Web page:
Flight Plan

Boom ... supersonic aviation is all set to make a comeback

Mirza Mohammed Ali Khan | Updated on March 20, 2018 Published on March 20, 2018


When billionaire aviation mogul Richard Branson makes a prediction about what the future of the aviation industry is going to be, it is bound to be taken note of. And when it isn’t just a prediction but is backed by a partnership with Branson’s Virgin Galactic, you know it could well be the next big thing to watch out for.

Virgin Galactic has partnered with US-based start-up, Boom Supersonic, which is in the process of developing a Mach 2.2-capable (over twice the speed of sound) supersonic jet. The company is currently building a two-seat demonstrator that will “refine our design and engineering, test key supersonic technologies, and ensure efficiency, safety, and reliability”, according to its website.

Boom claims that the demonstrator aircraft, the XB-1, will be the fastest civil aircraft as civil aviation is yet to touch Mach 2.2. To put that in perspective, that’s a speed of 2,716.56 kmph, which can cut travel time between London and New York to a little over three hours. It currently takes about seven hours to fly between the two cities. When contacted, Boom told BusinessLine that it is currently busy with preparations for its test flight, which is expected later this year.

The full-sized, 55-seater supersonic aircraft for commercial aviation, could be ready as early as 2025. Earlier reports had claimed that five unnamed airlines are interested in purchasing 76 planes. Boom has confirmed that Virgin Galactic and Japan Airlines will operate these aircraft, with Japan Airlines investing $10 million in Boom Supersonic. The airline has options to buy 20 aircraft from Boom as part of the agreement.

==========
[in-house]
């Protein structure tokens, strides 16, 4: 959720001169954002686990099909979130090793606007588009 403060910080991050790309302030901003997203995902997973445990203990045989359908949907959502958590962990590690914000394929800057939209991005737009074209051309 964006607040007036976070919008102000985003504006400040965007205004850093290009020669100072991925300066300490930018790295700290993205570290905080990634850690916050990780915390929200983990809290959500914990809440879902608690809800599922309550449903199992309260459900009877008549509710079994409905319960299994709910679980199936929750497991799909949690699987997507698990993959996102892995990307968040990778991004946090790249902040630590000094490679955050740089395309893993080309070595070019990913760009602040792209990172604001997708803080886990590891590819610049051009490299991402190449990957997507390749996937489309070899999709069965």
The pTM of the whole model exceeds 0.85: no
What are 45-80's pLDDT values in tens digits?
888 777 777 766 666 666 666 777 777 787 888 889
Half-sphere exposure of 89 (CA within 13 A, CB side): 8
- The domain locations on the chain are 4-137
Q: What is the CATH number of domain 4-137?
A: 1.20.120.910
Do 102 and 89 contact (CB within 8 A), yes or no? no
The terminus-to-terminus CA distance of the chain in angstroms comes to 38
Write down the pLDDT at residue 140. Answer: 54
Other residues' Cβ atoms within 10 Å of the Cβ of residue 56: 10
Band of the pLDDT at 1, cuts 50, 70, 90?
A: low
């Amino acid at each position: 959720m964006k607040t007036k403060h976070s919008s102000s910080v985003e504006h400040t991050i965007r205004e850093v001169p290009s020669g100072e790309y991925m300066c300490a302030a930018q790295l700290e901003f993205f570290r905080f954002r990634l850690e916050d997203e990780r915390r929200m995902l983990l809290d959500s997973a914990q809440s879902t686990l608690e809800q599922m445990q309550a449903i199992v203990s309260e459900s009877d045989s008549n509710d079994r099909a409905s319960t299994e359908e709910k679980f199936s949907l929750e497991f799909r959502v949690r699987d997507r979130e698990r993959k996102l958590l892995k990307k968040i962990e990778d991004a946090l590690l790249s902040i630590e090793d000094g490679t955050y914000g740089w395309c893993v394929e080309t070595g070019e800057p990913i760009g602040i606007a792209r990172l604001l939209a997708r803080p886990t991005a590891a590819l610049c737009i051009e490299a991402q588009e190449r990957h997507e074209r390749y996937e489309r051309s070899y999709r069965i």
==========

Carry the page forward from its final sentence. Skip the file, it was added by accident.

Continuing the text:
The plane will have one business-class standard seat on either side of the aisle so each passenger gets window and aisle access. Ticket cost speculations currently hover around the $2,500 mark.

A limited market?

However, some experts, like Kapil Kaul, CEO, Centre for Asia Pacific Aviation (CAPA), are of the opinion that there is a limited market for supersonic jets. “Limited in the sense — you can do trans-Atlantic, you can do North America because there is a cost involved,” he told BusinessLine. “One has to wait and watch. It is a long-term proposition.”

But what could be the silver lining is that behemoths such as NASA have their fingers in the supersonic aviation pie. The space agency received full funding last month from the Trump administration to develop and fly a supersonic aircraft that will reduce sonic boom, or the sound created when an object breaks the sound speed barrier. Loud sonic booms from supersonic aircraft have posed a problem for the aircraft flying over land.

However, no speculation, or analysis of supersonic travel, is complete without a throwback to Concorde, the jet that was synonymous with the term supersonic till 2003, when it was discontinued owing to falling passenger numbers and increasing maintenance costs. It remains to be seen if Boom’s plane can cut down on operational costs and turn into a profitable prospect for airlines that will operate it. What’s the future for supersonic travel for a country like ours? Peeyush Naidu, Partner, Deloitte India, thinks India is a study in contrast. “There are people who can afford to spend lakhs of rupees to go for concerts in Mumbai and Delhi. I am sure they can travel in supersonic jets,” he says. But it is not going to be a large market. It is still fairly price sensitive.”

Published on March 20, 2018

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